The idea that antioxidant vitamins provide a safe, convenient way to protect the heart from disease appears to have hit a snag. Instead of protecting the heart, a new study suggests that the vitamins, such as E, C, and beta carotene, could raise the liver's production of the so-called bad form of cholesterol, which transports cholesterol into artery walls.
The study, led by New York University School of Medicine researcher Edward A. Fisher, is published in the Journal of Clinical Investigation.
"It does appear that antioxidant vitamins may be potentially harmful for the heart based on their ability to increase the secretion of VLDL (very low density lipoprotein) in the liver cells and in the mice that we studied," says Dr. Fisher.
After its secretion from the liver, VLDL is converted in the bloodstream to low-density lipoprotein (LDL), the so-called bad form of cholesterol. The liver is the major source of atherosclerosis-causing lipoproteins. "However, our study is the first to document this association between antioxidant vitamins and VLDL cholesterol, and more studies are needed to back up our findings," says Dr. Fisher. "Until more data becomes available, we can't make any recommendations about whether people should not use these vitamins."
Antioxidants usually have been considered healthful. The vitamins scavenge "free radicals", which are highly reactive and damaging forms of oxygen produced by natural metabolic processes in the body and by external sources like the sun's UV rays, ozone, and toxins in pesticides. In the early 1990s, laboratory studies suggested that antioxidant vitamins prevented biochemical changes that made cholesterol form plaques that can block blood flow through the arteries. Although some subsequent clinical studies seemed to back up these findings, others did not.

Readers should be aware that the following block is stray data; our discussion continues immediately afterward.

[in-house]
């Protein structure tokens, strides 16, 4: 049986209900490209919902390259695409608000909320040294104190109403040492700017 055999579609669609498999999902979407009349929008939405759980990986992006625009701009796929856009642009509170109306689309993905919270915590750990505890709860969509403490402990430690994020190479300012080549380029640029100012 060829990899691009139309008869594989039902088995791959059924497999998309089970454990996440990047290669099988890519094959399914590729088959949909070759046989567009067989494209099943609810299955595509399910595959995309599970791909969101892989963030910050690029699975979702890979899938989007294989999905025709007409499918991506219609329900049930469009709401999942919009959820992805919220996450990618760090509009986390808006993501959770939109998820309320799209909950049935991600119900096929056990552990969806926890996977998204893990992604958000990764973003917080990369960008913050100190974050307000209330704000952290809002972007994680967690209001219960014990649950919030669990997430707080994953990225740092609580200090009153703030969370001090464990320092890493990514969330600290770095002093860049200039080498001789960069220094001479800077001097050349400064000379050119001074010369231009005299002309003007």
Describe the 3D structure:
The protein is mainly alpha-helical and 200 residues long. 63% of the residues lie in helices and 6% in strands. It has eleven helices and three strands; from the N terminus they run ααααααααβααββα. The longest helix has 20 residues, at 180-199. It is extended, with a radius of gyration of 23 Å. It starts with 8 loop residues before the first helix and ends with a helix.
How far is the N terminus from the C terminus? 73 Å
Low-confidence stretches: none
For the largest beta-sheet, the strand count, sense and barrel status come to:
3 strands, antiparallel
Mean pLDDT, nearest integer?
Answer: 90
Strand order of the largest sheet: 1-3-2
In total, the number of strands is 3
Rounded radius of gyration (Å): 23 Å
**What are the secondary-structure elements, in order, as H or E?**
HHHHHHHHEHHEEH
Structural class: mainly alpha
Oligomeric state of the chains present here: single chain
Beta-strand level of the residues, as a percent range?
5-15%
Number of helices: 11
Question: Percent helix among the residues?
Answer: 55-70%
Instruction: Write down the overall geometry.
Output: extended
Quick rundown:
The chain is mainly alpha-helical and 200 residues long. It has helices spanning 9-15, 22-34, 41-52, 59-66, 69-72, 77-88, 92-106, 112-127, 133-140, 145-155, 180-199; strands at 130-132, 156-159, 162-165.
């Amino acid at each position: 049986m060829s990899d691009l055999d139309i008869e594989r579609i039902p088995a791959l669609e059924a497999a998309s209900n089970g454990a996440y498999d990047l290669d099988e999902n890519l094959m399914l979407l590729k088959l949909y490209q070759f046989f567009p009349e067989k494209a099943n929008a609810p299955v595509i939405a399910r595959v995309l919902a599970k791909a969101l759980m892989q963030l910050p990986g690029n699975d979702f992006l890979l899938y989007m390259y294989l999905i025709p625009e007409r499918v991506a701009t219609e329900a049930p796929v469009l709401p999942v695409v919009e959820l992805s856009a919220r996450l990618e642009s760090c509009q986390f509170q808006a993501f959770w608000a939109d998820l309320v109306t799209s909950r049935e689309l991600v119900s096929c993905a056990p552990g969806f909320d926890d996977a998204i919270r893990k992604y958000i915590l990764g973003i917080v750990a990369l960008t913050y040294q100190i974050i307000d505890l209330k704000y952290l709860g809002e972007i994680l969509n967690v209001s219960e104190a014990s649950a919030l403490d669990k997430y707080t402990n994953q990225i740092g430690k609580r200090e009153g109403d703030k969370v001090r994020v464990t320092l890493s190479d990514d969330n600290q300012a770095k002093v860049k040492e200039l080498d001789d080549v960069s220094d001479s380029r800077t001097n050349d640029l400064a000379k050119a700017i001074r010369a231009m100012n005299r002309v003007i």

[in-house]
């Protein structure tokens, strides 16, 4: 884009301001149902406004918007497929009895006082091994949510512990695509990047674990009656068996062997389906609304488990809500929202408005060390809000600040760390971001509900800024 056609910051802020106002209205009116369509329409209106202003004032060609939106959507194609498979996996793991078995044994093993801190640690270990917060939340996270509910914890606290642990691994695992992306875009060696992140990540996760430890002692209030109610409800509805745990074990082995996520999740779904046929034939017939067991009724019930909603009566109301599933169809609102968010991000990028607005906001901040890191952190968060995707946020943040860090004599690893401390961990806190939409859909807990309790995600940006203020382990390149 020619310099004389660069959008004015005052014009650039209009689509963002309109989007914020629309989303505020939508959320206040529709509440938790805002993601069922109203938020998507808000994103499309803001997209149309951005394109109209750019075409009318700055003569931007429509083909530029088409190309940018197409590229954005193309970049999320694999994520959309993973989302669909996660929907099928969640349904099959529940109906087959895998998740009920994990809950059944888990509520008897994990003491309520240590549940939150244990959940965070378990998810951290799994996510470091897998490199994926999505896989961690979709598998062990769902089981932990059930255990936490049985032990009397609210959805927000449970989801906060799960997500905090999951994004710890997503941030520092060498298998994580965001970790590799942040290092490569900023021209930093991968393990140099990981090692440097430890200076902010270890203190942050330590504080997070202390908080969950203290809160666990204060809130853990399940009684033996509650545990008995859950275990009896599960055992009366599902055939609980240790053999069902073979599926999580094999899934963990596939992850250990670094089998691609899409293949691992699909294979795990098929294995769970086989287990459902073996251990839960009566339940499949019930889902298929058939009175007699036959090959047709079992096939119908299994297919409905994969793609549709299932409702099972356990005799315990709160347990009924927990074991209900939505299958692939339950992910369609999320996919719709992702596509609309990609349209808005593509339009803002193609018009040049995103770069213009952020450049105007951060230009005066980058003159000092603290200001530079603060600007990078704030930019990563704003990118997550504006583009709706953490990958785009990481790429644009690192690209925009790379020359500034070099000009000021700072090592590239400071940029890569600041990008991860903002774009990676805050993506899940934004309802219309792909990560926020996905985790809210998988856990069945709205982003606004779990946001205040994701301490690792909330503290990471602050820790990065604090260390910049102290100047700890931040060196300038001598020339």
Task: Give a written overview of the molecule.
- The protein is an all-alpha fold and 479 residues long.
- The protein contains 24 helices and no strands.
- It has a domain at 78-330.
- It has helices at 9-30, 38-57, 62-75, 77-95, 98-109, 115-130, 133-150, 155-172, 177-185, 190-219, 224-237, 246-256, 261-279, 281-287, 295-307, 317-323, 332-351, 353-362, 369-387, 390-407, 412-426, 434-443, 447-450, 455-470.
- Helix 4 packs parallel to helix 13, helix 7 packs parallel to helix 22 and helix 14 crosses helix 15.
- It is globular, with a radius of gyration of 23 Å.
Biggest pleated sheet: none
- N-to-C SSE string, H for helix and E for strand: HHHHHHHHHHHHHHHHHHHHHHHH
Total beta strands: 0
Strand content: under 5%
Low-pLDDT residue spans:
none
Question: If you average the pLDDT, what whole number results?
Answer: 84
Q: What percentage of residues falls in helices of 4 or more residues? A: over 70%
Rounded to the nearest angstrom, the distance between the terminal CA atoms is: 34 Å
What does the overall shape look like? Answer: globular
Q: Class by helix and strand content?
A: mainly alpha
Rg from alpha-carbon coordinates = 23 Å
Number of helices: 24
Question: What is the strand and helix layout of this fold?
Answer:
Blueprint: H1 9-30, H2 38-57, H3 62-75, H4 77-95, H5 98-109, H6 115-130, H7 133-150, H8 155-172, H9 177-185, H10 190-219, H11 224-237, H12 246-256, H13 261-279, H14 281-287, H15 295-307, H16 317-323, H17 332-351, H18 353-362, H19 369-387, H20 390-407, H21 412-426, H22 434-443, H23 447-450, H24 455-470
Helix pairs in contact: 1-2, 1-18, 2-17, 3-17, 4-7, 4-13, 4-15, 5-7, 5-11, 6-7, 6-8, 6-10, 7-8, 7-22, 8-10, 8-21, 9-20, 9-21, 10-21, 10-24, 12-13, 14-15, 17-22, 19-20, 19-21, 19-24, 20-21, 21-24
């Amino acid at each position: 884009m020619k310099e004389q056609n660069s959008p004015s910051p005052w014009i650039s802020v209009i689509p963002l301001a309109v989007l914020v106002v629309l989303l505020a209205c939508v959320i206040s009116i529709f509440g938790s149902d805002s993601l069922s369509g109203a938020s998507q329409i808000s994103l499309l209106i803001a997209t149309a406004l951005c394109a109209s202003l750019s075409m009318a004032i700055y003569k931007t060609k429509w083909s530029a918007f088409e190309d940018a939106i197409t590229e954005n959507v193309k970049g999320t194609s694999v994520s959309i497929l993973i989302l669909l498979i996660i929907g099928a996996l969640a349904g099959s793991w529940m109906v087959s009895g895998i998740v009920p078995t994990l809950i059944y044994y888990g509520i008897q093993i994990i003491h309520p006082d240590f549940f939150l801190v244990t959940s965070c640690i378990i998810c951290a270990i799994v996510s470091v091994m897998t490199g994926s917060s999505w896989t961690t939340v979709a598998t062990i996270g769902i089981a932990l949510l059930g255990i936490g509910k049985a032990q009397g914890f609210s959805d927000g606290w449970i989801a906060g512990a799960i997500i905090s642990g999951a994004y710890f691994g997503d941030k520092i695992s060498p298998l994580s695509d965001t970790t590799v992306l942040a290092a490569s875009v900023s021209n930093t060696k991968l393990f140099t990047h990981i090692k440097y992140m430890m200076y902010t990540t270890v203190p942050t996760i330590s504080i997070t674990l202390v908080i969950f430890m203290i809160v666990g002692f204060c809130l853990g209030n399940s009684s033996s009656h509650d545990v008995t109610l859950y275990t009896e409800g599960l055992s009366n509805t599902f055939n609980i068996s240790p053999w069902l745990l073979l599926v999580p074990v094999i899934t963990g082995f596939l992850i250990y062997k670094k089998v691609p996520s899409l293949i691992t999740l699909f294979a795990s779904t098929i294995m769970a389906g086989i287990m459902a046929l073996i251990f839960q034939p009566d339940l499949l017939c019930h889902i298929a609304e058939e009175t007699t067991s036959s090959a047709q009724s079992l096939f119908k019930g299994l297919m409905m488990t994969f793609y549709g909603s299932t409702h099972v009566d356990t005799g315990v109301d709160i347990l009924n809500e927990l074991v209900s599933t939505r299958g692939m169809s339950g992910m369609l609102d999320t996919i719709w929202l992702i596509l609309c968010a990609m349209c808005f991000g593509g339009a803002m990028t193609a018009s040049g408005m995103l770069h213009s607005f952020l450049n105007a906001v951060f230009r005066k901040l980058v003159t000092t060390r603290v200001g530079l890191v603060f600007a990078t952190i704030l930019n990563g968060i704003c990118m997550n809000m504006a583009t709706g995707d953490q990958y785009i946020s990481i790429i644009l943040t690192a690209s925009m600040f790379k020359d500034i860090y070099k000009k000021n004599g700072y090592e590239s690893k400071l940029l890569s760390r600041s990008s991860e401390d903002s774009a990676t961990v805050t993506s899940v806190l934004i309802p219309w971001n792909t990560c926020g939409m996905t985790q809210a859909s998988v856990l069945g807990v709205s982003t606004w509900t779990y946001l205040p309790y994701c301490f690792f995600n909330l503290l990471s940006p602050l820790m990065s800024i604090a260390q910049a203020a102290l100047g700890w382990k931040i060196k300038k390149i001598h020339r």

The new study by Dr. Fisher and his colleagues provides a different perspective on antioxidants. Surprisingly, his group found that antioxidants hampered a process in the liver that prevents the production of harmful lipoproteins.
In further experiments, vitamin E, a well-known antioxidant, prevented the activation of the lipoprotein-breakdown pathway in rat and mouse liver cells. Thus, the liver destroyed fewer of the bad lipoproteins.
The study also explains why polyunsaturated fatty acids, the good fatty acids found in cold water fish, are healthy for the heart. In another series of experiments, the scientists show that omega-3 and omega-6 fatty acids activated the pathway in the liver that breaks down the bad lipoproteins. Dr. Fisher's group recently described this pathway, which they dubbed PERPP for post-ER presecretory proteolysis.
The scientists also found that the polyunsaturated fatty acids increased the generation of lipid peroxidation products (these compounds produce the nasty smell of rancid fish) and stimulated the PERPP pathway. In addition to the studies with liver cells in laboratory dishes, they also demonstrated the relationship between lipid peroxidation and reduced production of bad lipoproteins in living mice.
Dr. Fisher plans to conduct further experiments in mice to confirm these findings. Direct experimentation in people to explore the inner workings of the liver is difficult, says Dr. Fisher, "but there are already observational studies in normal people showing that a diet enriched in polyunsaturated fats increases blood levels of lipid peroxides and decreases levels of VLDL and LDL."
Antioxidants may still have beneficial affects on other parts of the body, says Dr. Fisher. The molecules, for example, have been shown in some animal studies to protect the arteries from atherosclerosis and the pancreas and other organs from damage caused by diabetes. "In other words, oxidant stress is damaging in some contexts, but probably beneficial in others," he says. "In terms of the risk of cardiovascular disease," he adds, "the previous view that all oxidant stress is bad is probably an oversimplification."